Once Common Disease Returns

Local syphilis cases on the rise

Syphilis was once so common that some people viewed the potentially fatal disease as a natural stage of life.

“It is unthinkable for a Frenchman to arrive at middle age without having syphilis and the Cross of the Legion of Honor,” said French writer Andre Gide in the early part of the 20th century.

Nowadays, most sexually active people think syphilis is a relic of the past and worry more about contracting viruses like HIV. But syphilis is back, and in a big way.

Cincinnati Health Department officials are combing the streets trying to educate the public on a recent outbreak that has plagued the city. Steadily increasing for the last 10 years, cases of syphilis in Cincinnati have reached an all-time high.

“In the year 1999-2000 we had 15 cases a year,” says Dr. Lawrence Holditch, medical director of the Cincinnati Health Department. “In 2007 we had 56 cases, in 2008 we had 72 cases and in 2009 the number jumped to 174 cases.”

In the first six months of 2010, the Cincinnati Health Department already has seen 81 cases.

“Right now there is a slight increase from the cases we had last year at this time,” Holditch says. “If this trend continues we will see an increase of 60 to 70 cases over last year.”

Currently, African-American males between the ages of 15 and 35 are most affected by the outbreak, say health officials.

They also have seen numbers, however, that suggest other demographics are steadily contracting the disease as well.

“I have seen cases from all over the board,” says Eric Washington, STD/HIV program manager for the Cincinnati Health Department. “I have seen mothers who have had this and passed it to their newborn babies, 16-year-olds who have contracted it from their partners and 70-year-old men who have gotten this.”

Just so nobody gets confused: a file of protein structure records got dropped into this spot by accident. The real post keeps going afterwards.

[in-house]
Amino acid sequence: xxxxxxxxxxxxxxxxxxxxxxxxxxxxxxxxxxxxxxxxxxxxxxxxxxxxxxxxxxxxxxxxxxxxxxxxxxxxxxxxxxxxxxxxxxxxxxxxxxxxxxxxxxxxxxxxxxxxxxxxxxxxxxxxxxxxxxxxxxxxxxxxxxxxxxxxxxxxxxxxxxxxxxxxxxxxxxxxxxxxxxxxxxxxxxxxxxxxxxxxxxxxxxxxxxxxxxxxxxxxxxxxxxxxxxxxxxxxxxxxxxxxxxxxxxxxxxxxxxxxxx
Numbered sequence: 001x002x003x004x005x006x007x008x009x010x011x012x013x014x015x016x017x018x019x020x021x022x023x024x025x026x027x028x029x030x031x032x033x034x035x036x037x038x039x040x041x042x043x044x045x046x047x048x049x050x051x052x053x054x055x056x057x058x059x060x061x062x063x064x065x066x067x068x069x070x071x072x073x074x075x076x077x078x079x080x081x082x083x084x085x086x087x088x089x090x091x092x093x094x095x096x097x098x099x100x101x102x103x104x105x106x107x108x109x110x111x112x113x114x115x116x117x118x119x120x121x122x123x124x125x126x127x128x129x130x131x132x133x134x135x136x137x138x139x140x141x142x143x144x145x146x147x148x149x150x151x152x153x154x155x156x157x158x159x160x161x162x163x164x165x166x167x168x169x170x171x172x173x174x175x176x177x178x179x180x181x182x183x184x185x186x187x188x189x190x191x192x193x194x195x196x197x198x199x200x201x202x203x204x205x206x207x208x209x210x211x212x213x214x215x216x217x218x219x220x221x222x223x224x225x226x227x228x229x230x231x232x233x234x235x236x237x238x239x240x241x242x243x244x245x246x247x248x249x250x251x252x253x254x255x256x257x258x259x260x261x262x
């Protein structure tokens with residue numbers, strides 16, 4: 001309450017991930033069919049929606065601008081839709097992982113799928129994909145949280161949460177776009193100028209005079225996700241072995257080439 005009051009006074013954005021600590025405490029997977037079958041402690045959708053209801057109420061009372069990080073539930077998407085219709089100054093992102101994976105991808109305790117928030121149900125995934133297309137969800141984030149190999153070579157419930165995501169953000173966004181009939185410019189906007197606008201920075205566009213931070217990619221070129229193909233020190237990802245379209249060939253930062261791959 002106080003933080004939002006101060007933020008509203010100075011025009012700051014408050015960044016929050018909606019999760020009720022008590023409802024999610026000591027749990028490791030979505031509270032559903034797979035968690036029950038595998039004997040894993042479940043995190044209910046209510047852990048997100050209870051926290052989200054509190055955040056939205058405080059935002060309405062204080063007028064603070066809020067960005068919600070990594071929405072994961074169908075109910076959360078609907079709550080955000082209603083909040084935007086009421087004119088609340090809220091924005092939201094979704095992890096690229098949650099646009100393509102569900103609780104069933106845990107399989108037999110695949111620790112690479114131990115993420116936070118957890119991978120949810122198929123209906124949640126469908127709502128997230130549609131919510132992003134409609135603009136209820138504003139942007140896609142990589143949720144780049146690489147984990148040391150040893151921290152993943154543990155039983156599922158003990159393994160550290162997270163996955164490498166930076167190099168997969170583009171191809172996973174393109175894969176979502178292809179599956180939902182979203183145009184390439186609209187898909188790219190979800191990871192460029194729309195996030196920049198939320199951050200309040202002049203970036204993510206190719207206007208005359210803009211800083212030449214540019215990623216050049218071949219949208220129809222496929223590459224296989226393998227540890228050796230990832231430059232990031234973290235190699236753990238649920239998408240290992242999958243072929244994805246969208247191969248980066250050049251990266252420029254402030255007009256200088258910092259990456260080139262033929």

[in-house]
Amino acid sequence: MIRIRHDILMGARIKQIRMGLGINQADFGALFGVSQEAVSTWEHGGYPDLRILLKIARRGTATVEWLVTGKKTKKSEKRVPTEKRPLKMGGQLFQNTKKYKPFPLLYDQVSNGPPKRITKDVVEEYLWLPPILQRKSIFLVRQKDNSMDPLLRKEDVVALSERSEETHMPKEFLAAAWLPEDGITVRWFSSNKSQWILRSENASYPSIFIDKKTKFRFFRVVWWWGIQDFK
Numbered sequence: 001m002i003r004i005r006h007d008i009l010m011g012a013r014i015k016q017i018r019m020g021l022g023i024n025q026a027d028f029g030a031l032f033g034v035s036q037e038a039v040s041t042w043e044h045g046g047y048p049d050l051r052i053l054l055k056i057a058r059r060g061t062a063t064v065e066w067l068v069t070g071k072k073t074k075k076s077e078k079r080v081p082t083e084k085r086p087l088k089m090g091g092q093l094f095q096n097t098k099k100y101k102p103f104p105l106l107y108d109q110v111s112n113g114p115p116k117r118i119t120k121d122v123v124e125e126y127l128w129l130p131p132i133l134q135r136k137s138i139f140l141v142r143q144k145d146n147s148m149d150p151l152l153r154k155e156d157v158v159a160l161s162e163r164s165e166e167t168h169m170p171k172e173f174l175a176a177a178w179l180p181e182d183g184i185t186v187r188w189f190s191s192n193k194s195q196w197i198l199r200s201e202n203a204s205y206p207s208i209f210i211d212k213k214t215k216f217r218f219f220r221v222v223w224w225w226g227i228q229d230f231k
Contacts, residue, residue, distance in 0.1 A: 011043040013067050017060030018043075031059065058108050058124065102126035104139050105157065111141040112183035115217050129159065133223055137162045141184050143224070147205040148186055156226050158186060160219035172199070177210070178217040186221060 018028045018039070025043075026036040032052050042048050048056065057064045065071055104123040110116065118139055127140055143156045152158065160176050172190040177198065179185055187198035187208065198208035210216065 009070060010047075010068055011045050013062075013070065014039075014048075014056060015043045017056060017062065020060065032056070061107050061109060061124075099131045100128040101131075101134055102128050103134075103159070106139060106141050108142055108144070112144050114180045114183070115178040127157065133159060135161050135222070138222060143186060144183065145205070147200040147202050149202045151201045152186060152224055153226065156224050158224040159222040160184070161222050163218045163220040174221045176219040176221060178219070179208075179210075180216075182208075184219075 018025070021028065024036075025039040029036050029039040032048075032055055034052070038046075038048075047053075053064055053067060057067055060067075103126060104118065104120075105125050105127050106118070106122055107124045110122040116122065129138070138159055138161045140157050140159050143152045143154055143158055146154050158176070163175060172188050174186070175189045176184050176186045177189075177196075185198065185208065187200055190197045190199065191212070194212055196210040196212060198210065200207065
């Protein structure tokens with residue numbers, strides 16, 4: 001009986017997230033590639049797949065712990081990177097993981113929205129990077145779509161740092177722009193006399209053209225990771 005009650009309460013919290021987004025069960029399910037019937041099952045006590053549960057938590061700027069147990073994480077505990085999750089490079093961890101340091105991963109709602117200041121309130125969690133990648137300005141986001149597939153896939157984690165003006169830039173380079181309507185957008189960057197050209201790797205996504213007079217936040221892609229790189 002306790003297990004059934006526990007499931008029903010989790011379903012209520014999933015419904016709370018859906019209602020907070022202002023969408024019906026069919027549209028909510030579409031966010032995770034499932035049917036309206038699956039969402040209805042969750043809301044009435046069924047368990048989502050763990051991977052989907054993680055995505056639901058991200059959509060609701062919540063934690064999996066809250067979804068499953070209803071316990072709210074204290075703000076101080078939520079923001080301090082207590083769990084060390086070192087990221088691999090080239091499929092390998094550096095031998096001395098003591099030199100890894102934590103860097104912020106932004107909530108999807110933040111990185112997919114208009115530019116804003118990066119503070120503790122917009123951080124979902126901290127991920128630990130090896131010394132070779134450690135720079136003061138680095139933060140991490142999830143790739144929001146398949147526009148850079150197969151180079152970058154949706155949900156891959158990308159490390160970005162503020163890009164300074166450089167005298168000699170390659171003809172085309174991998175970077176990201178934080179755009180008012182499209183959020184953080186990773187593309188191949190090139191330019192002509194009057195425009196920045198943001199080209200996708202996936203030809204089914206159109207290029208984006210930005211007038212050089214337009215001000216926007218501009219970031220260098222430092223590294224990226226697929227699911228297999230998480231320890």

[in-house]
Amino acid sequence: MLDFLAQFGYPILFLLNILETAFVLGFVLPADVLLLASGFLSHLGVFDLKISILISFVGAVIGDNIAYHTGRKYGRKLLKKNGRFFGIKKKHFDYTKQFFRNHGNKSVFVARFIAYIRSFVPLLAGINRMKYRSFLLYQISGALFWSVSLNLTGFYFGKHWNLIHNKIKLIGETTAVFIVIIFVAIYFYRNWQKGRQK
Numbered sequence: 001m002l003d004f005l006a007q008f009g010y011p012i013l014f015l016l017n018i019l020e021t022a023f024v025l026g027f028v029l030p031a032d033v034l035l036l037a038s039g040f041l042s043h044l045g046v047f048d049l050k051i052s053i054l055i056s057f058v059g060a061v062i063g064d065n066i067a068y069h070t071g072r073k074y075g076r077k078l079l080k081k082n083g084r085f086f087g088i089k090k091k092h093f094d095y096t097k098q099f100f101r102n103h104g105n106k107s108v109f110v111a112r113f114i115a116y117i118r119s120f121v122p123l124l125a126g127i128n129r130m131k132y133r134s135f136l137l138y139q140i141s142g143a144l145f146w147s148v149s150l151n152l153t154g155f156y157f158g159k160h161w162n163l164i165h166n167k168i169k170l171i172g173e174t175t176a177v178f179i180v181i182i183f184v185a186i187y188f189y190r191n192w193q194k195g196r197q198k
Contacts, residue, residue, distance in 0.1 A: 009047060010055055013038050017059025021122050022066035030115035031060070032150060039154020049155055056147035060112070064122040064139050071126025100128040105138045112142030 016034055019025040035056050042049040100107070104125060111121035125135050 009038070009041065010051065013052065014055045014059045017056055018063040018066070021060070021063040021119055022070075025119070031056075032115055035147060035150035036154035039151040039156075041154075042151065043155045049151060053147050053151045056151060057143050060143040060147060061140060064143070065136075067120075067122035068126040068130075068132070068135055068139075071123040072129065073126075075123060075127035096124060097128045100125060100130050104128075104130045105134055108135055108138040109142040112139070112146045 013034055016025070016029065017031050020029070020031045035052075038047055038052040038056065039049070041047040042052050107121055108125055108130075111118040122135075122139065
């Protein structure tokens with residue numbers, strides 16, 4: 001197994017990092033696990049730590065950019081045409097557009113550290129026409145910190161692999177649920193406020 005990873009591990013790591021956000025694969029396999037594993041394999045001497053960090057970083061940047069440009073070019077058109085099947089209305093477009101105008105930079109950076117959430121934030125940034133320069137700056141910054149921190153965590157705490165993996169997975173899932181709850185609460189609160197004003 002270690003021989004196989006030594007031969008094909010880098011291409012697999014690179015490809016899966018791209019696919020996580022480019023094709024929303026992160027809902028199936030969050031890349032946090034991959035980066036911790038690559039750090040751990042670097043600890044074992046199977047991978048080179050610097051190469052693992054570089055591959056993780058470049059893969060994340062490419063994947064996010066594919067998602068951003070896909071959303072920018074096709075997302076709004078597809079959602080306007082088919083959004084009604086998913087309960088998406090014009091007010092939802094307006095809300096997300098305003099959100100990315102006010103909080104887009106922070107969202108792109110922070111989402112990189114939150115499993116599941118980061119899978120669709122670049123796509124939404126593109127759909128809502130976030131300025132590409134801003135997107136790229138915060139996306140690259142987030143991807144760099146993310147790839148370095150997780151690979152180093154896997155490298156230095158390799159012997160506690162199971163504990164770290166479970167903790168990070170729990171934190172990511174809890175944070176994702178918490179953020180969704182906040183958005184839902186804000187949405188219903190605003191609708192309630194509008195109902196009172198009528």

Health officials say there are many reasons for the outbreak, including area residents not being educated on what syphilis is. Syphilis, which dates back to the 15th century, is a sexually transmitted disease that can cause severe and sometimes fatal damage to a person’s body if left untreated. Famously known for infecting the rich and powerful, syphilis is better known for infecting the likes of Adolf Hitler, Al Capone and Ivan the Terrible than for its signs and symptoms.

There are three different stages of syphilis. The first stage is called primary syphilis and occurs about 10 to 90 days after the initial sexual contact.

“You will get a small, painless sore on the area where sexual contact was made,” Washington says. “This sore may look ugly, but it is painless. Many times people do not even realize it is there because they can not feel it.”

The next stage is called secondary syphilis and is characterized by a rash on the body. People suffering from secondary syphilis may also experience headaches, weight loss, fevers and sore throats.

The third stage is called latent syphilis and this stage causes the symptoms of the primary and secondary stages to disappear. Once at this stage, though, if the disease continues to go untreated it will cause severe damage to internal organs.

“Once you reach this stage if you continue to not get treatment you can cause irreversible damage to your brain, eyes, heart and nervous system,” Washington says.